Landscape Character

Find out more about what makes the landscape of the Dearne so special.

The Area

The Dearne Valley is an excellent example of an ‘everyday’ formerly industrialised landscape which nevertheless contains rich cultural heritage, biodiversity, recreational use and has an important role as the daily surroundings for its resident population. It is in the eastern Pennine foothills of South Yorkshire, between the towns of Barnsley, Rotherham and Doncaster. The Valley follows the River Dearne and is a semi-rural landscape.

The DVLP area is defined by the valley through which the River Dearne flows. The Valley extends from Elsecar Heritage Centre in the west, skirts the southern boundary of Barnsley, before sweeping in a south-easterly direction to Conisbrough in the east. As a consequence, it encompasses the Rivers Dearne and Dove, historic buildings, mining villages, woodlands, grasslands and a string of wetland jewels, with the RSPB Old Moor and wetland nature reserves at its heart.

Further downstream, the waters join the River Don and Don Gorge near Sprotbrough and Conisbrough, featuring both the Conisbrough Viaduct and Conisbrough Castle. The latter is featured in Sir Walter Scott’s Ivanhoe and casts a dramatic shadow over the area. Sprotbrough Viaduct, now part of the Sustrans Cycle Network, and formerly part of the LNER rail network, dramatically spans the Don Gorge and provides a spectacular southern gateway to the Dearne Valley.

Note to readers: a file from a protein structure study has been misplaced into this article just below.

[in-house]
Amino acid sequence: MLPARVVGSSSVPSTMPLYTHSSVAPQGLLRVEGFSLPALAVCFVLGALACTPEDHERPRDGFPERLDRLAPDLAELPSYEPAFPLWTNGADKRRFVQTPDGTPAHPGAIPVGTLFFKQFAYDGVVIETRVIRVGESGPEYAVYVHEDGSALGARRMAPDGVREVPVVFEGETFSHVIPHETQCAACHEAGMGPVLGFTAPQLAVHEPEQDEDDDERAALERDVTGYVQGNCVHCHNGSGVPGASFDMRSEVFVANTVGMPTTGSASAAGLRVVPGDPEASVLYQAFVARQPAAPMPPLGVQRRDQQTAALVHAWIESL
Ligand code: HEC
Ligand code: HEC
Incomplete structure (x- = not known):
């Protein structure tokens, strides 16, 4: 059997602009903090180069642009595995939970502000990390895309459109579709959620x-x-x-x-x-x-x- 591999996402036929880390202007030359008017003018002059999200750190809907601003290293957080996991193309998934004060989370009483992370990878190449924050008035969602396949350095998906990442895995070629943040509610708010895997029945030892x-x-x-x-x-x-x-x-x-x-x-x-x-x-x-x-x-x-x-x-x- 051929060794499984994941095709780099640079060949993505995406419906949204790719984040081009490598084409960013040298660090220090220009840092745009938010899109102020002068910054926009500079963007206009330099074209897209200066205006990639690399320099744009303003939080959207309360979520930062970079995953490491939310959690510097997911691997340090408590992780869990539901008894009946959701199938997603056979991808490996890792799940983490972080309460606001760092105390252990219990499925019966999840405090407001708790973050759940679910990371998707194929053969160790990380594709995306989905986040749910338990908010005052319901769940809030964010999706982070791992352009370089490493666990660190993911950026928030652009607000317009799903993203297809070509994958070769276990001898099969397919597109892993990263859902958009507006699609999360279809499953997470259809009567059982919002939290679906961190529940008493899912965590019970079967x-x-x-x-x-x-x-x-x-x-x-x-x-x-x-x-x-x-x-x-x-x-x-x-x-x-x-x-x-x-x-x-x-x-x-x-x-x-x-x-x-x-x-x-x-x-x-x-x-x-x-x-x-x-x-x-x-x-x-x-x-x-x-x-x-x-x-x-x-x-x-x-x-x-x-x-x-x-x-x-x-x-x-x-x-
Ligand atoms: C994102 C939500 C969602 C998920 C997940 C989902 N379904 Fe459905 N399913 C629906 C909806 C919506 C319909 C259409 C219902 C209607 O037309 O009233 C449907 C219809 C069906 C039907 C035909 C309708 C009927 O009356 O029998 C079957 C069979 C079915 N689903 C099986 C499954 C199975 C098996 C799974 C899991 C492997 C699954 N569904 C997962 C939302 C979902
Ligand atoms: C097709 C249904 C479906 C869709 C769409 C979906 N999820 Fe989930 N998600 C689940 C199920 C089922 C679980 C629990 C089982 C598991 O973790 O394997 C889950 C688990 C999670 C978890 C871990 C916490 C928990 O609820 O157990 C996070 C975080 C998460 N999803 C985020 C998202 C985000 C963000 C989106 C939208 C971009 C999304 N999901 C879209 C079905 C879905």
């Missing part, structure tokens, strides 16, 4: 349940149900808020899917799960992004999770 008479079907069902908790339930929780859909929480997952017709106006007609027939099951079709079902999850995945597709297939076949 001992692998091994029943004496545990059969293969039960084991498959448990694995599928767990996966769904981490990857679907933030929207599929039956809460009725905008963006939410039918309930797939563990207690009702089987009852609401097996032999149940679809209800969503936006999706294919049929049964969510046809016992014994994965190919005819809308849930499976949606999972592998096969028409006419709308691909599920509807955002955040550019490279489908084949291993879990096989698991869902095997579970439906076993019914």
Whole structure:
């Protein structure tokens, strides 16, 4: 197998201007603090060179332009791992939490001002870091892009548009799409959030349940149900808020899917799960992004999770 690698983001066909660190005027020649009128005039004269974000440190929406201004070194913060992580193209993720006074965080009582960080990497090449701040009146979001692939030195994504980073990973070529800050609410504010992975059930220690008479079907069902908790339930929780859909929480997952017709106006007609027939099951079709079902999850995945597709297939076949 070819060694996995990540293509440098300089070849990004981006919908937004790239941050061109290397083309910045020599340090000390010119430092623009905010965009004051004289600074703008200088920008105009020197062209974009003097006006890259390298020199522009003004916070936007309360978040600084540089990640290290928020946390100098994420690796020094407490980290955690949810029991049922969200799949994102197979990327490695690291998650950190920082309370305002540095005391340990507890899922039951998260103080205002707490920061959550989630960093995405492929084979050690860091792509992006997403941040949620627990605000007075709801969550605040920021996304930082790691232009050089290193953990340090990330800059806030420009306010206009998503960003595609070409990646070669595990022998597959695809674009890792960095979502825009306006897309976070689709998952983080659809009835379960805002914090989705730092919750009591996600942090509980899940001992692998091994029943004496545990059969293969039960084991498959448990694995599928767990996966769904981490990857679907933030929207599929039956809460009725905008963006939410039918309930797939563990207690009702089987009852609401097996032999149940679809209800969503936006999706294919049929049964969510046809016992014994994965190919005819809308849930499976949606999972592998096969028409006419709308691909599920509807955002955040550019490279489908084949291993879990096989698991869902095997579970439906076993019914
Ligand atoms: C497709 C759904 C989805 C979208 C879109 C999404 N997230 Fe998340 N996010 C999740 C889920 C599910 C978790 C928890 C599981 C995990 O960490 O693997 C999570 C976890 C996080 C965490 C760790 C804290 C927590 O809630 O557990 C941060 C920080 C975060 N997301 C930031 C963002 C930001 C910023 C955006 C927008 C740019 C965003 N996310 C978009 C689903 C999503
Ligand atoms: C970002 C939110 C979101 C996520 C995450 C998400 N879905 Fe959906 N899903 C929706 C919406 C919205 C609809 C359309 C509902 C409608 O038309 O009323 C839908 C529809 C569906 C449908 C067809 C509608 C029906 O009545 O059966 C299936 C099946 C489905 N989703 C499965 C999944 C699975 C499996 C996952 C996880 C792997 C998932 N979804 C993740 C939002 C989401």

The Landscape Character

A Landscape Character Assessment (LCA) was commissioned from Fiona Fyfe Associates and this was completed in February 2012. The key characteristics of the Dearne Valley identified within it can summarised as follows:

  • Widespread evidence of industrial activity including mine buildings, former spoil tips and iron and steel plants.
  • Complex mix of built-up areas, industrial land, dereliction and farmed open country.
  • Many areas affected by urban fringe pressures creating fragmented and downgraded landscapes.
  • Substantial areas of intact agricultural land in both arable and pastoral use.
  • Small, fragmented remains of pre-industrial landscape and semi-natural vegetation, including many areas of woodland, river valley habitats, subsidence flashes and other relict habitats.
  • Ever-present urban influences from major cities, smaller industrial towns and mining villages.
  • Widespread influence of transport routes including canal, road, and rail, with ribbon developments emphasising the urban influence in the landscape.
  • Rolling landforms with hills, escarpments and broad valleys.
  • Local variations in landscape character reflecting underlying geology.
  • Strong cultural identity arising from history of coal mining and other heavy industry.

The landscapes within these Landscape Character Areas are comprised of several Landscape Character Types (LCTs). LCTs can be regarded as the ‘building blocks’ of the landscape. Natural England defines them as:

Distinct types of landscape that are relatively homogenous in character. They are generic in nature in that they may occur…in different parts of the country, but wherever they occur they share broadly similar combinations of geology, topology, drainage patterns, vegetation and historical land use and settlement pattern. (CA and SNH, 2002, 2.8)

In local authority or similar assessments, the emphasis is on the identification of smaller scale, more fine-grained LCTs, which represent more local patterns of character and contribute strongly to a more local ‘sense of place’. (CA and SNH, 2002, 6.15)

This Dearne Valley Landscape Character Assessment has identified five LCTs in the Dearne Valley, namely:

  • Lowland Valley Floor
  • Open Coalfield Farmland
  • Wooded Coalfield Farmland
  • Designed Estate
  • Magnesian Limestone

Further details of each of these LCTs can be found through the links on this page.